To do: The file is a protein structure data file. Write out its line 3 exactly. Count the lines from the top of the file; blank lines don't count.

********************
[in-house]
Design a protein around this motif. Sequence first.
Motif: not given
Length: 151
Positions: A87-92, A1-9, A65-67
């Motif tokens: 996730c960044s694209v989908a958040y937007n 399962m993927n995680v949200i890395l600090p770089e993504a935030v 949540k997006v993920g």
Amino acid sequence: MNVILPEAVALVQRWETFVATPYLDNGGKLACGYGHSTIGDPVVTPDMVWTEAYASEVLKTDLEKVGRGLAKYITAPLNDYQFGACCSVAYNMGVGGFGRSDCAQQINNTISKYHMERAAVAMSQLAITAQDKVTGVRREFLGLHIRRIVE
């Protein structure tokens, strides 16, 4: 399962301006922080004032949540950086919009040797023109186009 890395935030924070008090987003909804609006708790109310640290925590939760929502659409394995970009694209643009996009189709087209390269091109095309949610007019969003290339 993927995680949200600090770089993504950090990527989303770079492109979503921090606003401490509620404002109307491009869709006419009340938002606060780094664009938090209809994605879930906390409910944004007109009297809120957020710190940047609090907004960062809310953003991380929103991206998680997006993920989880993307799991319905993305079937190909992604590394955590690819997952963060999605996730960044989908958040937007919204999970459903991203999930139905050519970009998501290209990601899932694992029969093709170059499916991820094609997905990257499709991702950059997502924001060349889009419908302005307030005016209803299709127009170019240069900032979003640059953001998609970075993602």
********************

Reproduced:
Motif: not given